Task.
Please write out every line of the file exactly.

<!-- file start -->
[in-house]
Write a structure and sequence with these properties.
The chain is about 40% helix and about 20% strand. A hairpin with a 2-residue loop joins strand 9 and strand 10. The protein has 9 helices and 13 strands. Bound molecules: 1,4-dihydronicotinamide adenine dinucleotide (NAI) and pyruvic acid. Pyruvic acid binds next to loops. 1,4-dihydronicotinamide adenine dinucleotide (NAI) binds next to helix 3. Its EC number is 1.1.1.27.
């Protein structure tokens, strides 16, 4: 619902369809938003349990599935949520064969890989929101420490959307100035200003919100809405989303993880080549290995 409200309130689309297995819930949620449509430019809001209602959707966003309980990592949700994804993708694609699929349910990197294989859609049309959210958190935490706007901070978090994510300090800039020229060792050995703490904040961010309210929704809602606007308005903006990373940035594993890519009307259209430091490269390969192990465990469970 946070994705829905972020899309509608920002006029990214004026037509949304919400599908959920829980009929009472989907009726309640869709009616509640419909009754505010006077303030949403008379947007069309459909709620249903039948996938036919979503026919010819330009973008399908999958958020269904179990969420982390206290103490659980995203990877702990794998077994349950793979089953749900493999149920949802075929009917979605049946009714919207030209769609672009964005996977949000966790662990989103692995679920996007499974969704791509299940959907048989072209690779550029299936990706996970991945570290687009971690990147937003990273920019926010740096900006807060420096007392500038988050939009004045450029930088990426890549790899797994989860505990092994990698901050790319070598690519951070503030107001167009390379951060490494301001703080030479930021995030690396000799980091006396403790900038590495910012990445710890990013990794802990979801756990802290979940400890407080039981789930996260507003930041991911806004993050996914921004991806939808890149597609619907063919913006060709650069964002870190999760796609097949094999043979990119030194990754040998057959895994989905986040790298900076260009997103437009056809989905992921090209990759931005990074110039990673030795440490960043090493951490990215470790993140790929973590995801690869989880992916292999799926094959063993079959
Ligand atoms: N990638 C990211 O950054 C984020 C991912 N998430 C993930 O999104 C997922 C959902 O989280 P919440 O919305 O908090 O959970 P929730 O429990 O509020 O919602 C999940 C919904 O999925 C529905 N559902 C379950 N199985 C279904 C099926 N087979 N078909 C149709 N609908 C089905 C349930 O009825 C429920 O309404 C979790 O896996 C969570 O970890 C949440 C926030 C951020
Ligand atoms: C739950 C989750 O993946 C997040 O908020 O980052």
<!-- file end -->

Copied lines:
[in-house]
Write a structure and sequence with these properties.
The chain is about 40% helix and about 20% strand. A hairpin with a 2-residue loop joins strand 9 and strand 10. The protein has 9 helices and 13 strands. Bound molecules: 1,4-dihydronicotinamide adenine dinucleotide (NAI) and pyruvic acid. Pyruvic acid binds next to loops. 1,4-dihydronicotinamide adenine dinucleotide (NAI) binds next to helix 3. Its EC number is 1.1.1.27.
């Protein structure tokens, strides 16, 4: 619902369809938003349990599935949520064969890989929101420490959307100035200003919100809405989303993880080549290995 409200309130689309297995819930949620449509430019809001209602959707966003309980990592949700994804993708694609699929349910990197294989859609049309959210958190935490706007901070978090994510300090800039020229060792050995703490904040961010309210929704809602606007308005903006990373940035594993890519009307259209430091490269390969192990465990469970 946070994705829905972020899309509608920002006029990214004026037509949304919400599908959920829980009929009472989907009726309640869709009616509640419909009754505010006077303030949403008379947007069309459909709620249903039948996938036919979503026919010819330009973008399908999958958020269904179990969420982390206290103490659980995203990877702990794998077994349950793979089953749900493999149920949802075929009917979605049946009714919207030209769609672009964005996977949000966790662990989103692995679920996007499974969704791509299940959907048989072209690779550029299936990706996970991945570290687009971690990147937003990273920019926010740096900006807060420096007392500038988050939009004045450029930088990426890549790899797994989860505990092994990698901050790319070598690519951070503030107001167009390379951060490494301001703080030479930021995030690396000799980091006396403790900038590495910012990445710890990013990794802990979801756990802290979940400890407080039981789930996260507003930041991911806004993050996914921004991806939808890149597609619907063919913006060709650069964002870190999760796609097949094999043979990119030194990754040998057959895994989905986040790298900076260009997103437009056809989905992921090209990759931005990074110039990673030795440490960043090493951490990215470790993140790929973590995801690869989880992916292999799926094959063993079959
Ligand atoms: N990638 C990211 O950054 C984020 C991912 N998430 C993930 O999104 C997922 C959902 O989280 P919440 O919305 O908090 O959970 P929730 O429990 O509020 O919602 C999940 C919904 O999925 C529905 N559902 C379950 N199985 C279904 C099926 N087979 N078909 C149709 N609908 C089905 C349930 O009825 C429920 O309404 C979790 O896996 C969570 O970890 C949440 C926030 C951020
Ligand atoms: C739950 C989750 O993946 C997040 O908020 O980052």